• I just want to feel better

    I just want to feel better!!!

    After a breakup, we just want to know when will we feel better.

    When will this pain go away!

    How long before I am not constantly obsessing with thoughts of my ex.

    When will I feel ready to start dating again?

    Will I ever be ready to meet someone new?

    It’s so easy to want to skip all the hardship and feel all healed however in order to get to that space we have to move TROUGH these feelings and not push them aside.

    Allowing the space for yourself to acknowledge what you are feeling and completely express it is A HUGE IMPORTANT PIECE of being able to slowly but surly unshackle the hold the pain can often have after the end of a relationship.

    Breakups can cause complicated emotions that vary from one person to the next. Some of the different frameworks include:

    • Loss
    • Anxiety
    • Depression
    • Trauma

    It’s helpful to first understand the specific emotions and symptoms you may be having. To gain a better understanding of what is happening during a breakup, a single “one size fits all” framework won’t do. Different people experience breakups differently. think through these different frameworks to see if any, or all resonate with what you are experiencing right now.

    Breakups as Loss

    A helpful way to understand what is happening during breakups is to understand them as a form of loss.
    The 5 stages of Grief developed by Swiss-American psychiatrist Elisabeth Kubler-Ross. Her model has been used to understand the emotional process people move through in order to process the loss of an important person.

    These stages include:

    • Denial
    • Anger
    • Bargaining
    • Depression
    • Acceptance

    Elizabeth Kubler-Ross developed this work to understand the loss of someone who has died, I have found that these stages very often apply to those going through the loss of a partner during a breakup.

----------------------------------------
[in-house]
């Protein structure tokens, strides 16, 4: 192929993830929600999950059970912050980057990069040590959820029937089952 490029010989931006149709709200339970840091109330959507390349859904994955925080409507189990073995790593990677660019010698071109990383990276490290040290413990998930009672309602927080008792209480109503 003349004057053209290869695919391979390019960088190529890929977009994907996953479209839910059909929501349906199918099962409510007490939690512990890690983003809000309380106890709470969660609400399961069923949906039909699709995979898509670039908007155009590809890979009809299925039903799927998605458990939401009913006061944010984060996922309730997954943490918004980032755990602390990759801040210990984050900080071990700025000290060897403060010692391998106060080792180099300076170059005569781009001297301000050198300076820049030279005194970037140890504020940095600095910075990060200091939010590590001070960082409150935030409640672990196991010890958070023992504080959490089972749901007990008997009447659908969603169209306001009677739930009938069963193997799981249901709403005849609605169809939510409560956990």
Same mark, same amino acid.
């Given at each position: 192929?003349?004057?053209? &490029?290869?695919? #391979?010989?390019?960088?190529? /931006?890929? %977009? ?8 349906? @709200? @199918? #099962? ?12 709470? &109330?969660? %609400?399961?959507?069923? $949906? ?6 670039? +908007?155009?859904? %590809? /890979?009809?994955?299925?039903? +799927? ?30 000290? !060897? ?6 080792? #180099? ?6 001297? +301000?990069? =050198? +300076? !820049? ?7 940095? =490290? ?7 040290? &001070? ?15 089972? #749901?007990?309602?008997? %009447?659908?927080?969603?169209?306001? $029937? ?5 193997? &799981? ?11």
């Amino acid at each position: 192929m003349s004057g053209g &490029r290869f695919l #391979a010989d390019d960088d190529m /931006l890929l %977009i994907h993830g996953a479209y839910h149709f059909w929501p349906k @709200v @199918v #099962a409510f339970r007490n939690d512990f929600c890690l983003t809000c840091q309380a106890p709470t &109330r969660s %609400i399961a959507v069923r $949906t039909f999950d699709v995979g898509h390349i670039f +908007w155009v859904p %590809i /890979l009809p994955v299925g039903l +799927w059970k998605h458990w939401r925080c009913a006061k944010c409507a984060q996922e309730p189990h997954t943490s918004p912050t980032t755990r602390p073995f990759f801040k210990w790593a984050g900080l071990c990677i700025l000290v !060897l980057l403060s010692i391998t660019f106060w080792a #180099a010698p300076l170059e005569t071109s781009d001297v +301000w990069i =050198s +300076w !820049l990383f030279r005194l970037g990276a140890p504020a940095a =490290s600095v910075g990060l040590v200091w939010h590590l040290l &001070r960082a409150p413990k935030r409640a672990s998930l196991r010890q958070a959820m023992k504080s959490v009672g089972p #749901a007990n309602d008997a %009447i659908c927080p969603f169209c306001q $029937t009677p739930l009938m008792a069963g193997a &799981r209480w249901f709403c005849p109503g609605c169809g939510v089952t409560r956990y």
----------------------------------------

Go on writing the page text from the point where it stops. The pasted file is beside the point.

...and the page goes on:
Breakups as Anxiety

    Breakups can generate and even target our most primal anxieties. Some anxieties that can arise after a breakup can include:

    • Worries of self worth, self-esteem, and the ability to be loved.
    • Fears about ever being in a fulfilling relationship.
    • Anxieties about the thoughts and feelings of others.
    • Fears surrounding being able to find another person.

    It’s important to keep in mind that these worries are not thoughts not facts.

    Breakups as Depression

    During a breakup, you may experience some of the same symptoms as someone with depression. Some of these symptoms include a change in:

    • Mood: anxiety, guilt, hopelessness, loss of interest or pleasure in activities, mood swings, or sadness.
    • Sleep: early awakening, excess sleepiness, insomnia, or restless sleep.
    • Body: excessive hunger, loss of appetite or increase in appetite.
    • Behavior: agitation, excessive crying, irritability, or social isolation.
    • Cognition: lack of concentration.
    • Weight: weight gain or weight loss.
    • Also Common: Ruminating on thoughts.


    Breakups as Trauma

    For some people, breakups can be experienced as trauma.Trauma is the brains response to an extremely distressing event or experience, making it hard for the brain to combine emotions involved with that experience. When we experience an especially painful, frightening, or dangerous event, our brain goes into “fight, flight or freeze mode”. We are wired for survival, and our brain kicks into gear to help us do just that. When we are traumatized, our brain acts as if the threat is still present, keeping us stuck in the reptilian part of our brain that wants to freeze, flee, or fight in order to survive.


    Breakups are complicated and my experience is unique. It’s okay to feel any range of emotions as I work through this journey.